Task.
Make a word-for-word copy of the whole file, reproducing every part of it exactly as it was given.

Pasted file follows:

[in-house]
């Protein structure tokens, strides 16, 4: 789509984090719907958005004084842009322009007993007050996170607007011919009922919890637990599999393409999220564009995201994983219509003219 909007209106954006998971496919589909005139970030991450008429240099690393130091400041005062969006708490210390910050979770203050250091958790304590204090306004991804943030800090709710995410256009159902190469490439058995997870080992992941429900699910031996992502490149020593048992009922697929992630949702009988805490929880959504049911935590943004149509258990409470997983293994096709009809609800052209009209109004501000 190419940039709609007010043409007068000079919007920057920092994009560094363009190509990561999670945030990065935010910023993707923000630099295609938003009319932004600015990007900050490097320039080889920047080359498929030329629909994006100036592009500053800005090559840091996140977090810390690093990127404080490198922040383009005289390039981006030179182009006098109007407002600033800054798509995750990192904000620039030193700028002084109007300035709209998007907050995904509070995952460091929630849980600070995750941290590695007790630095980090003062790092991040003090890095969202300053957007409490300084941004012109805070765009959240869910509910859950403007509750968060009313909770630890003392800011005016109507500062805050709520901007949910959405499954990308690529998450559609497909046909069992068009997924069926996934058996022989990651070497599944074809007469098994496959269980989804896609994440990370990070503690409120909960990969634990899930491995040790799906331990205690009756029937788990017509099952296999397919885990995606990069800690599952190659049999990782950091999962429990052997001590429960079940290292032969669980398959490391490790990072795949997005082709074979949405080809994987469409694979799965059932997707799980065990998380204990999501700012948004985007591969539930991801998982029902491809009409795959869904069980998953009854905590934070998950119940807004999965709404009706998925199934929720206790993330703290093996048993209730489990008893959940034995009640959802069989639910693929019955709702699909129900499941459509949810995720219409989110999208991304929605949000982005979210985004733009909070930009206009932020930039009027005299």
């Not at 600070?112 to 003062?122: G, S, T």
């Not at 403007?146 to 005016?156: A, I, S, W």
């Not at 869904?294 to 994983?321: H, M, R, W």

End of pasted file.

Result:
[in-house]
């Protein structure tokens, strides 16, 4: 789509984090719907958005004084842009322009007993007050996170607007011919009922919890637990599999393409999220564009995201994983219509003219 909007209106954006998971496919589909005139970030991450008429240099690393130091400041005062969006708490210390910050979770203050250091958790304590204090306004991804943030800090709710995410256009159902190469490439058995997870080992992941429900699910031996992502490149020593048992009922697929992630949702009988805490929880959504049911935590943004149509258990409470997983293994096709009809609800052209009209109004501000 190419940039709609007010043409007068000079919007920057920092994009560094363009190509990561999670945030990065935010910023993707923000630099295609938003009319932004600015990007900050490097320039080889920047080359498929030329629909994006100036592009500053800005090559840091996140977090810390690093990127404080490198922040383009005289390039981006030179182009006098109007407002600033800054798509995750990192904000620039030193700028002084109007300035709209998007907050995904509070995952460091929630849980600070995750941290590695007790630095980090003062790092991040003090890095969202300053957007409490300084941004012109805070765009959240869910509910859950403007509750968060009313909770630890003392800011005016109507500062805050709520901007949910959405499954990308690529998450559609497909046909069992068009997924069926996934058996022989990651070497599944074809007469098994496959269980989804896609994440990370990070503690409120909960990969634990899930491995040790799906331990205690009756029937788990017509099952296999397919885990995606990069800690599952190659049999990782950091999962429990052997001590429960079940290292032969669980398959490391490790990072795949997005082709074979949405080809994987469409694979799965059932997707799980065990998380204990999501700012948004985007591969539930991801998982029902491809009409795959869904069980998953009854905590934070998950119940807004999965709404009706998925199934929720206790993330703290093996048993209730489990008893959940034995009640959802069989639910693929019955709702699909129900499941459509949810995720219409989110999208991304929605949000982005979210985004733009909070930009206009932020930039009027005299």
């Not at 600070?112 to 003062?122: G, S, T």
């Not at 403007?146 to 005016?156: A, I, S, W």
């Not at 869904?294 to 994983?321: H, M, R, W």